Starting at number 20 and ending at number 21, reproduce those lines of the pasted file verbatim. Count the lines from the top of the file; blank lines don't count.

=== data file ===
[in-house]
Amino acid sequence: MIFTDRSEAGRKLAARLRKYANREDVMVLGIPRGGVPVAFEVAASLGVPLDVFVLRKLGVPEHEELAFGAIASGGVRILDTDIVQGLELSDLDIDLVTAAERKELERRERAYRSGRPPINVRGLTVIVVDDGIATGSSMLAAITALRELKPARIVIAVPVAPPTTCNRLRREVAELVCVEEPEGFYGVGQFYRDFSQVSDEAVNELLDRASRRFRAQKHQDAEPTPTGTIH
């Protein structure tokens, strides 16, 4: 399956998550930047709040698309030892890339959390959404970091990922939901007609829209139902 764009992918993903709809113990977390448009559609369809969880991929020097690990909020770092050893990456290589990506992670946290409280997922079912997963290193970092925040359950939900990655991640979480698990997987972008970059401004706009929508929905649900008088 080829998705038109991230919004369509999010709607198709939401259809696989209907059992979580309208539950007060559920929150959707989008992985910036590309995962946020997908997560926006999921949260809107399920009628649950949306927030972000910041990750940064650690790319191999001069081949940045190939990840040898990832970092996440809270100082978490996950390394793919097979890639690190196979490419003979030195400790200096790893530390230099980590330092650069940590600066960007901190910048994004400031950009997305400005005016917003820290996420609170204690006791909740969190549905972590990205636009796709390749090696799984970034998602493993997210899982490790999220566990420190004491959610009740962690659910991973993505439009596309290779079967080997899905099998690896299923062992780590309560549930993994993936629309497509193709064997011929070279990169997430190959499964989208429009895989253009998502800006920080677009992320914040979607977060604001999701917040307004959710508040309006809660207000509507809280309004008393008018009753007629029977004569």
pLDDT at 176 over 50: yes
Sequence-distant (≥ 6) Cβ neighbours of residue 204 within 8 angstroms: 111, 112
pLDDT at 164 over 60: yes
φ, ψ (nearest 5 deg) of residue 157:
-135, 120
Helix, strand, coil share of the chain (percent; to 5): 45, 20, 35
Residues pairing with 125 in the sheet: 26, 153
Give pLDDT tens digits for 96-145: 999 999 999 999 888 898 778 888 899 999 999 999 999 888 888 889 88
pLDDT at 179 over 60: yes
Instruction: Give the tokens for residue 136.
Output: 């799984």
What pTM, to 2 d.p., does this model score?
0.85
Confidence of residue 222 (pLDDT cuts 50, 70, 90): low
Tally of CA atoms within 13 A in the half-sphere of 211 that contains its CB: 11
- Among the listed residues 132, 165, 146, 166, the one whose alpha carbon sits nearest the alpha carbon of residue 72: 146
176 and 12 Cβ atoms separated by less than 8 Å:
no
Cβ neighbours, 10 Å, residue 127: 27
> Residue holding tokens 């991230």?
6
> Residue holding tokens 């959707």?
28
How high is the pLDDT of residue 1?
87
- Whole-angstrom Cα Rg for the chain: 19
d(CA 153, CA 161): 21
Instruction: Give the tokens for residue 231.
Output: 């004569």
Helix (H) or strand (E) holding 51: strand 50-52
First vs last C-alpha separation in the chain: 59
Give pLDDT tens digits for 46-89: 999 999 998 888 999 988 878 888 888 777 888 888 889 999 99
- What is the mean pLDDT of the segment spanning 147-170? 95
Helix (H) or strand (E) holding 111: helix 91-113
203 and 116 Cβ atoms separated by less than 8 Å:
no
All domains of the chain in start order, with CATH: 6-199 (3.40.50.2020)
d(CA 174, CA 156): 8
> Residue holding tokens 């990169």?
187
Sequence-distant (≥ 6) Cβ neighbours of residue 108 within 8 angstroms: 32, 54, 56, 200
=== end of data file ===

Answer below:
176 and 12 Cβ atoms separated by less than 8 Å:
no